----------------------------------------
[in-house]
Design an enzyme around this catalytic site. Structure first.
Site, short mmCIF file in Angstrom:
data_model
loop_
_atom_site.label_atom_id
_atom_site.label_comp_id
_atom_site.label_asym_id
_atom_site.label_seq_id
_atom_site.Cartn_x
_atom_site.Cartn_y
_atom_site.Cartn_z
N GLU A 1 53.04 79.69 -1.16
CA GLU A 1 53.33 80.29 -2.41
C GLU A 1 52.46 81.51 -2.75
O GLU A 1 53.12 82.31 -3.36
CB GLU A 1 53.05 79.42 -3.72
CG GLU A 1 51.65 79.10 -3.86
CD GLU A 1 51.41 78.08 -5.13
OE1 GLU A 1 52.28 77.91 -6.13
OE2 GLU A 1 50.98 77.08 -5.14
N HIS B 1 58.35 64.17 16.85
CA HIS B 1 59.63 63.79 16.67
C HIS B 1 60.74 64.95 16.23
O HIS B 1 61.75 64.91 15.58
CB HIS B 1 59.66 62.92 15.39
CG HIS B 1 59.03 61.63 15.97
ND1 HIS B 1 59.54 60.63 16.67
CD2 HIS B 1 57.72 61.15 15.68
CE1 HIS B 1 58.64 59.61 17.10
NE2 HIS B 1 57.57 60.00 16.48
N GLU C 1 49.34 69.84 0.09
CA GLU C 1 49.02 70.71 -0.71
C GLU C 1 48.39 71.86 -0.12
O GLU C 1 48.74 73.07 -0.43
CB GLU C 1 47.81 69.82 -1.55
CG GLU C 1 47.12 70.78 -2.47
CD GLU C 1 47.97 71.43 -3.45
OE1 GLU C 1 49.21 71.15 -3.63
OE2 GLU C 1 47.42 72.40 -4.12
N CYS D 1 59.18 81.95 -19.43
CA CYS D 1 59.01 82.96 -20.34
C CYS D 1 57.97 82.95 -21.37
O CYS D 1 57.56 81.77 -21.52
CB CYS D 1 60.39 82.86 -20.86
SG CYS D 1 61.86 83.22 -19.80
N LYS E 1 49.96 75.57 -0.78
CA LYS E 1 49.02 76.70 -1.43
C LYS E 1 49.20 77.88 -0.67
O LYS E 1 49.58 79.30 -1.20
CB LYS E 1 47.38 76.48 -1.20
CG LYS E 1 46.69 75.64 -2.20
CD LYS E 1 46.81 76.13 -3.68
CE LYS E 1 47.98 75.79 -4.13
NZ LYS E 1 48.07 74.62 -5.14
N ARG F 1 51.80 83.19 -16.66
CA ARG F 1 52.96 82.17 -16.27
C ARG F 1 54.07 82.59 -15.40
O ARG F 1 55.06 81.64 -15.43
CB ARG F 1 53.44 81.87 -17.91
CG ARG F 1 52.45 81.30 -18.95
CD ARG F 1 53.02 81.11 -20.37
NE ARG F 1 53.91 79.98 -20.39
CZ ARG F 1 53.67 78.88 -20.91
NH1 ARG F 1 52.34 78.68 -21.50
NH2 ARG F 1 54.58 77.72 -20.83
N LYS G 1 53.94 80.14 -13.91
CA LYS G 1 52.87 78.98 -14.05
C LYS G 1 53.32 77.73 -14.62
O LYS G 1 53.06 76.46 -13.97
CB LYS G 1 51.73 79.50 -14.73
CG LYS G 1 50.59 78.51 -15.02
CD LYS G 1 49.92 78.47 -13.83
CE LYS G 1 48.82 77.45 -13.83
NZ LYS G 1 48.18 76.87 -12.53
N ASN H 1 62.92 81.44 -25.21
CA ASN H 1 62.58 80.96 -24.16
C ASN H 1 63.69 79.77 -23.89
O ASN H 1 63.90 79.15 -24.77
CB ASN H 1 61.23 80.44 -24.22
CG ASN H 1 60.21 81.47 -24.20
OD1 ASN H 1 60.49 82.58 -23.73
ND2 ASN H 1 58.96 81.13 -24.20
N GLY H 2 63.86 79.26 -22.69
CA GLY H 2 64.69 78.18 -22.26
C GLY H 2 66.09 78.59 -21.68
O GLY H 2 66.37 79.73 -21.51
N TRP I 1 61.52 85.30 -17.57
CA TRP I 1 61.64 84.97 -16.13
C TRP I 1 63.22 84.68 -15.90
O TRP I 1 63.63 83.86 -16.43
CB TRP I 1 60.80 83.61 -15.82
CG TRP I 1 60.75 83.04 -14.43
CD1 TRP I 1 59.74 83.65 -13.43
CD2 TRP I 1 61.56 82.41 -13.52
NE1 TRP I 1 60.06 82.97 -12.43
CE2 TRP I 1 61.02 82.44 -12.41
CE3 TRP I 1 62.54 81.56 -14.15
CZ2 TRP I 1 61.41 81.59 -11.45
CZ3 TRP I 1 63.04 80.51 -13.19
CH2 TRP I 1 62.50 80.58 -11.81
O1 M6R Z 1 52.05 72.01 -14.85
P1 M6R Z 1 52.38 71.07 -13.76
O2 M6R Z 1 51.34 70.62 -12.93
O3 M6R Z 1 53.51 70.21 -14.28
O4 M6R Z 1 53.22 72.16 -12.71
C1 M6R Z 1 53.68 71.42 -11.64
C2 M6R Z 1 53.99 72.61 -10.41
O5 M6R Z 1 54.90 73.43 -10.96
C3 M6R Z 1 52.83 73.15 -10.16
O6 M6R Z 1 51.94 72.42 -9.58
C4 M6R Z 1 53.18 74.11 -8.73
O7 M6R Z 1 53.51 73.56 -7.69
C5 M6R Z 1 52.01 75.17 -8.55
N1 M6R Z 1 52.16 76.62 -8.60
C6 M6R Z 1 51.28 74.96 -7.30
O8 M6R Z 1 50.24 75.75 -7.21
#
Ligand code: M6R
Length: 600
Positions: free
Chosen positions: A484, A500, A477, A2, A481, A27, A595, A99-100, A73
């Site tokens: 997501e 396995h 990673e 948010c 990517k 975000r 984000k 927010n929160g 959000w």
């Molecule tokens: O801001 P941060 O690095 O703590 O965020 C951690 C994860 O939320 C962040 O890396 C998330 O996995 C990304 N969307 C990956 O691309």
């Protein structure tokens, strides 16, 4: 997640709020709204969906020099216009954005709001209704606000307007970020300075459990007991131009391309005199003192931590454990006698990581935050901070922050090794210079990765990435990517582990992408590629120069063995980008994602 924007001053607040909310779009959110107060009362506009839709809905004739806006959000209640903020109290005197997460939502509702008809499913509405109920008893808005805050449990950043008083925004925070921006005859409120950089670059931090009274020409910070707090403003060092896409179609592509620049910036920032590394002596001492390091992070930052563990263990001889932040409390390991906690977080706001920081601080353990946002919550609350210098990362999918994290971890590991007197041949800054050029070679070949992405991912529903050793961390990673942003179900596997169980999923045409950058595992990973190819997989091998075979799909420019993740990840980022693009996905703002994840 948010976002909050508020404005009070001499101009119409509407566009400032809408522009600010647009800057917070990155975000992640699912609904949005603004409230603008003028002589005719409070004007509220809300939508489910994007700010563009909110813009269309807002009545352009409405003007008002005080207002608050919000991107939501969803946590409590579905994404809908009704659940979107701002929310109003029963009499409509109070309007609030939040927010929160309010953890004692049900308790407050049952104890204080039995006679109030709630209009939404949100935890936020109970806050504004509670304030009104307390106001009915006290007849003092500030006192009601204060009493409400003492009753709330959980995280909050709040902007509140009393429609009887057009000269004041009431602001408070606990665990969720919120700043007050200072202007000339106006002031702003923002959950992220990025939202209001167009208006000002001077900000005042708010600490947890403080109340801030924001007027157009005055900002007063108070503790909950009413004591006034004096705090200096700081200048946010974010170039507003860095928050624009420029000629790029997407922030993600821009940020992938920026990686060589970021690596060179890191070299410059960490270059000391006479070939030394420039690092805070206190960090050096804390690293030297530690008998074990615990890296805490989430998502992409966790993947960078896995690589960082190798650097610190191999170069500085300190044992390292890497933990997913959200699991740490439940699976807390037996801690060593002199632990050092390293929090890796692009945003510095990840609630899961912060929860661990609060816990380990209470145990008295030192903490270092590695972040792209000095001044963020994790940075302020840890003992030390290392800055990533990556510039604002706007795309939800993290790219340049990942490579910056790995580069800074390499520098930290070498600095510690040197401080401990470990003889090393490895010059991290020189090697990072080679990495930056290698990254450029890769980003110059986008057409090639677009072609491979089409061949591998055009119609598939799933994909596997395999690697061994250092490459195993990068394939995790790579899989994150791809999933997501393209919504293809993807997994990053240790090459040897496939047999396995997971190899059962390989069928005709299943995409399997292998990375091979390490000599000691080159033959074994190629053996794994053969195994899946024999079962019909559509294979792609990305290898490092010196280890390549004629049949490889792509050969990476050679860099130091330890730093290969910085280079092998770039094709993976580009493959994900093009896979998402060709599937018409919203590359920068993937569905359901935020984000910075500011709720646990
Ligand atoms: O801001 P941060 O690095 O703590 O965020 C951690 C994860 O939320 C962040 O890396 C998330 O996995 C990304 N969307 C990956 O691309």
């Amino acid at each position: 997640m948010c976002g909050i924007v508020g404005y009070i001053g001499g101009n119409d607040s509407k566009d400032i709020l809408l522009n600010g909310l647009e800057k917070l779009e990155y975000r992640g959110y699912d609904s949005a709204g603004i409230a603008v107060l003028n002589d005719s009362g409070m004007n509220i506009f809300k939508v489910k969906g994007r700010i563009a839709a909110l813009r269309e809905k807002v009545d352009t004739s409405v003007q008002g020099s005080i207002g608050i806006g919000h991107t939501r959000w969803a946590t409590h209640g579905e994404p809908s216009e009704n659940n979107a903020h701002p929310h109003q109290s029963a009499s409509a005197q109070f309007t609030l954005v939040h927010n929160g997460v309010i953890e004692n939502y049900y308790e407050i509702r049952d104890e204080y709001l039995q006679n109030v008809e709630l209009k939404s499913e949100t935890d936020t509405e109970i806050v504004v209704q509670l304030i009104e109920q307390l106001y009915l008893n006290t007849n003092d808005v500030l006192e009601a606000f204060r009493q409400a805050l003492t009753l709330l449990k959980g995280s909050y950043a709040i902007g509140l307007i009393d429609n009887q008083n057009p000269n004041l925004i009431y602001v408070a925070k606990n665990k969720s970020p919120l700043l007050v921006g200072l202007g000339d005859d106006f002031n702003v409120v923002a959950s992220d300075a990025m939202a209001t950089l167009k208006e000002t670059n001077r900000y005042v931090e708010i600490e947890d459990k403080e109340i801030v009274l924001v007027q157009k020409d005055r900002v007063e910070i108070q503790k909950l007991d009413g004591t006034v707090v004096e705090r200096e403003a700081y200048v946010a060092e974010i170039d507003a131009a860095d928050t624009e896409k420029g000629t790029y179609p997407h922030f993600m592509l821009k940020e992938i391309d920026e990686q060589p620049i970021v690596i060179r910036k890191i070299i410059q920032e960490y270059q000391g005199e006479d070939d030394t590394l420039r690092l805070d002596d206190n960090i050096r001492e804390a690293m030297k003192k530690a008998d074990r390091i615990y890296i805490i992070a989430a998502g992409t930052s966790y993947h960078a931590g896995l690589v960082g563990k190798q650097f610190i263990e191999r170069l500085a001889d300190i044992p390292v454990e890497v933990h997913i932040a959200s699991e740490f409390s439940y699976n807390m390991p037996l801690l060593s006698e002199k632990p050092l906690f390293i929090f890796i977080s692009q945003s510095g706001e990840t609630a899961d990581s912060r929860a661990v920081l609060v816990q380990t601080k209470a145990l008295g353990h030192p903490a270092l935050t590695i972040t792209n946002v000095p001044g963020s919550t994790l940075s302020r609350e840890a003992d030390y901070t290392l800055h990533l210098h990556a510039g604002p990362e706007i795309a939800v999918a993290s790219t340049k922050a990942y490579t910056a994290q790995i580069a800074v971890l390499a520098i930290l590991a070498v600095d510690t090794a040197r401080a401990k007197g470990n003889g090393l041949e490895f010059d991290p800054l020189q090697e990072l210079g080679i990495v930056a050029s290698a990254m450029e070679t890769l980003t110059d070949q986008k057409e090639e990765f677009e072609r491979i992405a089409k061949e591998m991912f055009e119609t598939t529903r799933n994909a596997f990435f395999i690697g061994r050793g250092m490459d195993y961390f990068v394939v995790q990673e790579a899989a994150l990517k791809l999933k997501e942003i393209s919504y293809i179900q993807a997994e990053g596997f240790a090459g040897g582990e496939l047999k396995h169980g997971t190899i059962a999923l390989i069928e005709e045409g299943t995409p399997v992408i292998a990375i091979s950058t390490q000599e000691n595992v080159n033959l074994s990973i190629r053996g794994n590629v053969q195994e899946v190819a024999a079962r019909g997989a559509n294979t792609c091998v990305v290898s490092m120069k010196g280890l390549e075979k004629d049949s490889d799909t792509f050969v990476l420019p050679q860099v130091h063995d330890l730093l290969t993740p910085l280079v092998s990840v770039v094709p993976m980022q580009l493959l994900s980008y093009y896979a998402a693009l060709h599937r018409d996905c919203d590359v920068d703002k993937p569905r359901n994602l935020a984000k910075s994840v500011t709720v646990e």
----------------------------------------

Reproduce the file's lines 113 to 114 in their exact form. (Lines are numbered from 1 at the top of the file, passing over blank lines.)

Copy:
O7 M6R Z 1 53.51 73.56 -7.69
C5 M6R Z 1 52.01 75.17 -8.55